Minister of Water Resource Management Dr David Estwick this afternoon rejected out of hand Opposition Barbados Labour Party (BLP) Leader Mia Mottley’s alternative plan for resolving the persistent sewage mess on the island’s south coast if her party were elected in the next elections.
Dismissing it as “political rubbish”, Estwick, who currently has lead ministerial responsibility for resolving the problem, also warned that no “fly by night plan with no scientific basis”, would do.
Yesterday, Mottley told a news conference her plan to fix the chronic sewage overflows included shutting down food businesses in the affected areas.
She acknowledged that workers at those establishments would be affected, but promised that a BLP Government would pay their wages, contending that there had been precedence to such payment.
Stressing that her Government would start implementing a number of plans within one week of attaining office, Mottley also suggested that hotels should make provision for their guests to stay at properties in unaffected areas of the island, while at the same time announcing proposals to buy membrane bioreactor (MBR) units, the biological wastewater treatment systems which provide effluent discharge suitable for water reuse.
She said these would not only treat the sewage on the south coast, but would later be used in a new sewage plant.
However, in a strongly worded address in the House of Assembly this afternoon ahead of the formal dissolution of Parliament on Monday to make way for general elections, an emotional Dr Estwick tore to pieces Mottley’s plan, calling it mere “political rubbish”.
He emphasized that the strategy which the Government was currently implementing was grounded in science, design and engineering work.
“So it is not a fly by night matter. It is science. It is observation, investigation and then determining how to solve the problem . . . not talking political rubbish,” the Minister of Water Resource Management said.
He told residents and business owners they should therefore give the Government time to allow its strategy to work.
“There is a problem to be fixed. It is a technical problem requiring technical solutions, not a political solution. It calls for design work, engineering analyses and a plan of action. There is a plan of action,” he insisted.
“And I am begging those residents on the south coast, give us an opportunity to execute that plan of action. The plan is, we will divert the effluent first. We are going to divert it. We are going to treat it. We are going to screen it and we are going to put it into three or four deep injection wells,” Dr Estwick said.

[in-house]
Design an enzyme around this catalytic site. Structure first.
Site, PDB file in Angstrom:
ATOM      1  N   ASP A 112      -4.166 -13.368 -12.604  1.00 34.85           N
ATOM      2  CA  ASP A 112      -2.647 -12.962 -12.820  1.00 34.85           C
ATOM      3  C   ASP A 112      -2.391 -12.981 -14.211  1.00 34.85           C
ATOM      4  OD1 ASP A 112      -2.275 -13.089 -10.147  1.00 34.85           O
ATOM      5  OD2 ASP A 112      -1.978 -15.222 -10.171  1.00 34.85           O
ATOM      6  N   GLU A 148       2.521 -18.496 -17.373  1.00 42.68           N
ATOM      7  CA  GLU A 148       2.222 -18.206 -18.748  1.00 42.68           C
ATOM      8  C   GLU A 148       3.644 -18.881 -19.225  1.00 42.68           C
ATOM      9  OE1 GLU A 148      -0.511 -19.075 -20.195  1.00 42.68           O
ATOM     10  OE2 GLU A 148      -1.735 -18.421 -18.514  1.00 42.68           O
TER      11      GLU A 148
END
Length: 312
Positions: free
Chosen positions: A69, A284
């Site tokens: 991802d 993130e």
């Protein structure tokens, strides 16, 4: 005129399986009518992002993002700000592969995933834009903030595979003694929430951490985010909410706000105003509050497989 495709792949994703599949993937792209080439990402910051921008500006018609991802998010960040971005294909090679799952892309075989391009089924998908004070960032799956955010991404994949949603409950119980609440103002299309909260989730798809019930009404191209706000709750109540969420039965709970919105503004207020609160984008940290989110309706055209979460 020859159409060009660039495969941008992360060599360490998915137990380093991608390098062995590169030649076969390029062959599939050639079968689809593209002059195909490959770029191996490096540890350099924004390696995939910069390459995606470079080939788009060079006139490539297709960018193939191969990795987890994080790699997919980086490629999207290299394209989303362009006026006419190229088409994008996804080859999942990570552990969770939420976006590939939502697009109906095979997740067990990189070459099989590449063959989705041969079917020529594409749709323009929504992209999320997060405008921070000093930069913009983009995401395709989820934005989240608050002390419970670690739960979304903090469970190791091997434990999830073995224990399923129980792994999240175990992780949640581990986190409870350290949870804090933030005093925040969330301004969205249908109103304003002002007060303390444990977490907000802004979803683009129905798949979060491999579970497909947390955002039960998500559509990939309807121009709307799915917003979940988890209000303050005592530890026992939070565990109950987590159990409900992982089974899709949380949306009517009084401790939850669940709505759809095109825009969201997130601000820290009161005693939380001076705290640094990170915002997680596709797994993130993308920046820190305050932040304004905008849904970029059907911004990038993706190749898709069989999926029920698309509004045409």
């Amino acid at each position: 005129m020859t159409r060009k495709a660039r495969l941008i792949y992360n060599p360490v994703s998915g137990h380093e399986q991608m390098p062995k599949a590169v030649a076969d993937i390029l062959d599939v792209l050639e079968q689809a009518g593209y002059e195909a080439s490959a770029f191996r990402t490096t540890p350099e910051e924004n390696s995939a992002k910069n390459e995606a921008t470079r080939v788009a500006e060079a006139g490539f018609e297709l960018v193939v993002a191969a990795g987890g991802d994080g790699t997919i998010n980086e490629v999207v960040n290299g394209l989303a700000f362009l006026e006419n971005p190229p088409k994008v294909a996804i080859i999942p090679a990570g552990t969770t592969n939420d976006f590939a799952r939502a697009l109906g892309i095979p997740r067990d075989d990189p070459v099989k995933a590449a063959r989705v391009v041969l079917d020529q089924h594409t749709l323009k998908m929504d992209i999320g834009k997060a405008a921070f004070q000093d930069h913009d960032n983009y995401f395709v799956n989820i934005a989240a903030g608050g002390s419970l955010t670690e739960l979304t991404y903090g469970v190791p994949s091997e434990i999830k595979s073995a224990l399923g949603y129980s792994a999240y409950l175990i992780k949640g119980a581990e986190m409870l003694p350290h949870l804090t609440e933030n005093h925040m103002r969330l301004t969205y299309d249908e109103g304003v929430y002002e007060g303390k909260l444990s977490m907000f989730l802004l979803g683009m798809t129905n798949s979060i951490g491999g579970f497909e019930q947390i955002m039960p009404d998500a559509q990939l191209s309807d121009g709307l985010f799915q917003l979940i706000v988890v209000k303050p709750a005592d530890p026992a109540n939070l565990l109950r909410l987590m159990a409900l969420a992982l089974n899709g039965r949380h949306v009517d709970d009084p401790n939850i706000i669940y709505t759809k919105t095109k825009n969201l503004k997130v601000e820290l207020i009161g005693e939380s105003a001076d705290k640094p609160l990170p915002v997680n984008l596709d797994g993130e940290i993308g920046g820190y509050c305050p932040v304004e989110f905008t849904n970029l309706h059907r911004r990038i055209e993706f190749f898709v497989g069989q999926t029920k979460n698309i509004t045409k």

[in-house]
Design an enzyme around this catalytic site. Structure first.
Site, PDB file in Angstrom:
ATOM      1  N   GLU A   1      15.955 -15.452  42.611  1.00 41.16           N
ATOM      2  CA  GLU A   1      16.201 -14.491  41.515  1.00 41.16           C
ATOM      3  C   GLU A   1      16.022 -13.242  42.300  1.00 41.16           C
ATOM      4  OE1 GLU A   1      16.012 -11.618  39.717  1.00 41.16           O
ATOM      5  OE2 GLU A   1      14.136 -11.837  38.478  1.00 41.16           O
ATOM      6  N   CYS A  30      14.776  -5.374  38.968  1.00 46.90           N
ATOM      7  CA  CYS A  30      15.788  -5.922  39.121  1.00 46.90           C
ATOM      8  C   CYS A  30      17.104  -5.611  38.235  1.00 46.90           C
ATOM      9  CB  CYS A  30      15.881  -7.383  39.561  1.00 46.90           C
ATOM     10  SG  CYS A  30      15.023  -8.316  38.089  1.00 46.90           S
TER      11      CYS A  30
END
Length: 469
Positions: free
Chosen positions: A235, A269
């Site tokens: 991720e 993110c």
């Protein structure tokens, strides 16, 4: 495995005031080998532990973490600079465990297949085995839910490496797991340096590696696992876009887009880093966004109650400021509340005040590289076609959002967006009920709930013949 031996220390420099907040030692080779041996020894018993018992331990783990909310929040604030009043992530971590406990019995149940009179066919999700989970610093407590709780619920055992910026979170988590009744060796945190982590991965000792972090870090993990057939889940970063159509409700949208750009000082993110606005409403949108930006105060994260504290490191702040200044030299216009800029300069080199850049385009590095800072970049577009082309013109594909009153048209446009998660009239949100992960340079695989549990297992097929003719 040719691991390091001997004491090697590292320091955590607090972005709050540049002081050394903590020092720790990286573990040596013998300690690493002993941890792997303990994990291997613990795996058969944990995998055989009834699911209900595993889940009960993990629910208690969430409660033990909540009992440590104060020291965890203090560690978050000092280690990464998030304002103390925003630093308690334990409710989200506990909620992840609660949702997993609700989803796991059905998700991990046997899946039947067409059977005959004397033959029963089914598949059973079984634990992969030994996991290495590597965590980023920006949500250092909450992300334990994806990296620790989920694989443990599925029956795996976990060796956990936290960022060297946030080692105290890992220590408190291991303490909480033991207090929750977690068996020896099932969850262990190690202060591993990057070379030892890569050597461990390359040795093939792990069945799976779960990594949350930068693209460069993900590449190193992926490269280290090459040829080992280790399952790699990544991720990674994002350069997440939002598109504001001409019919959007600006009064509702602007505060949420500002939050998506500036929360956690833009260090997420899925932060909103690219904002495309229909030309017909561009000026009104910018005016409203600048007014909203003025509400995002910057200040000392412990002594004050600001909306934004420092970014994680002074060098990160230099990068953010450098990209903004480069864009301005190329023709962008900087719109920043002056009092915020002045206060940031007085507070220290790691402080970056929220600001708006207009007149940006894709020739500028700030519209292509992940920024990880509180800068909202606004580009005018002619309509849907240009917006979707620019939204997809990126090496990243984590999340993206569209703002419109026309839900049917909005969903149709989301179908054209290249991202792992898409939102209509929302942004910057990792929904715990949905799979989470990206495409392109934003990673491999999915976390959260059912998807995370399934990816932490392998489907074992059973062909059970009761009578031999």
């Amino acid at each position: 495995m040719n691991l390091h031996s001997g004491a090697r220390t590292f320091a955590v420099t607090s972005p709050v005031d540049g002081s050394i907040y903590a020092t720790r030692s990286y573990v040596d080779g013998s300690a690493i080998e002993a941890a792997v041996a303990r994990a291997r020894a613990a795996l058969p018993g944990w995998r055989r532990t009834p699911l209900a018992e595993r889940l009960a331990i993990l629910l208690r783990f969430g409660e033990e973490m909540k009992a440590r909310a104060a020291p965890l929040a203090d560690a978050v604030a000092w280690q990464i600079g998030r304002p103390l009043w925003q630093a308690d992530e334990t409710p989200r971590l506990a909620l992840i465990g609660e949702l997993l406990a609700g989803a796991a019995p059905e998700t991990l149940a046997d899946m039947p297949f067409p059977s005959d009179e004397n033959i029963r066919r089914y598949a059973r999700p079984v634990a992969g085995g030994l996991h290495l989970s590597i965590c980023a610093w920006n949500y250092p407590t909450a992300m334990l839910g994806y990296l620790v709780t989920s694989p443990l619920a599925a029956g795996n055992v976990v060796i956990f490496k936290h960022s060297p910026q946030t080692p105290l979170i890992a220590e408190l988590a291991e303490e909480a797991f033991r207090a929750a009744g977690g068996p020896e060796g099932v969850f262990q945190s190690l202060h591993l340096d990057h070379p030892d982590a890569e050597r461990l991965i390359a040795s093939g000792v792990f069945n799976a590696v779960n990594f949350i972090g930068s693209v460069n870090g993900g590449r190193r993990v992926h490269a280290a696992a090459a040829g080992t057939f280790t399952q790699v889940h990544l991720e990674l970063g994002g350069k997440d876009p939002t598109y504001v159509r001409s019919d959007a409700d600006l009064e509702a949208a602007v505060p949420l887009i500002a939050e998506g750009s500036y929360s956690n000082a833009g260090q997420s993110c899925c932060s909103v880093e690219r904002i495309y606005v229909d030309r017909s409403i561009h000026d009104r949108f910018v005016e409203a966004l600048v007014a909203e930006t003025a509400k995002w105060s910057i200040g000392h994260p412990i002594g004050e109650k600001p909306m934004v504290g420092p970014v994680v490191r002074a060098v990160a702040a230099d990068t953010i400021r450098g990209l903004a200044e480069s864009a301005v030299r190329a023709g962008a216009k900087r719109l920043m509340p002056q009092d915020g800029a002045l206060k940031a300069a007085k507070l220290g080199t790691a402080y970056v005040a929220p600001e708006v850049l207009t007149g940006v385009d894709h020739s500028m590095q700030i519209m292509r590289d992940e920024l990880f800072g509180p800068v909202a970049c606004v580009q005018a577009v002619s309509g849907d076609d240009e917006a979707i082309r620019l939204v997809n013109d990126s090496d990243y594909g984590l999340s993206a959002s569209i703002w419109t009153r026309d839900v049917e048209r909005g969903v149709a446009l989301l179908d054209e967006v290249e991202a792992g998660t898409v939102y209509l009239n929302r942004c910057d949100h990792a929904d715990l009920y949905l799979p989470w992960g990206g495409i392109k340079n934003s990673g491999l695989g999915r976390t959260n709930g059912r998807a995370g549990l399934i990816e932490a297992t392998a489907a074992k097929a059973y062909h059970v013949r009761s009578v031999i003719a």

He assured that those wells were not at a point where they pose any threat to the potable water system, the marine life or the swamp in the area.
“You protect that because you can do geological evaluations of your rock formations as you go down . . . and evaluate those to determine how far you need to put your concrete casings,” an animated Dr Estwick told the final sitting of Parliament.
Mottley’s strategy for solving the sewage crisis also came in for harsh criticism from Minister of Social Care Steve Blackett, who labelled it as a foolish plan.
Accusing Mottley of being bereft of ideas, Blackett insisted that it was Barbados TODAY’s editorial on Tuesday which called on the Opposition Leader to bring her alternative plan, that drove Mottley into coming forward on Wednesday with a wishy-washy plan.
“If you don’t have any ideas, shut your mouth!” Blackett told the Opposition Leader.
Minister of Health John Boyce had earlier sought to defend the Government’s strategies to bring about a short and long-term solution to the sewage mess.
“We are making sure that the public is aware of the best practices that should accompany the kind of activities that we are having to face. We work with the police and the Ministry of Transport and Works with respect to the closure or non-closure of the areas of Highway 7. We constantly bring that matter to the table . . . and you would have noticed that
signage have been placed on Highway 7, appropriately warning drivers to be aware, to slow down, to drive with care,” he said, adding that while the situation was not ideal, it was a work in progress.
“And God knows we are closer to a solution now than we were, say, six or eight weeks ago. It is because of the coming together of heads, it is because of the coming together of ideas in terms of what is the best solution possible . . . and it is because of making available the money that is required,” Boyce stated.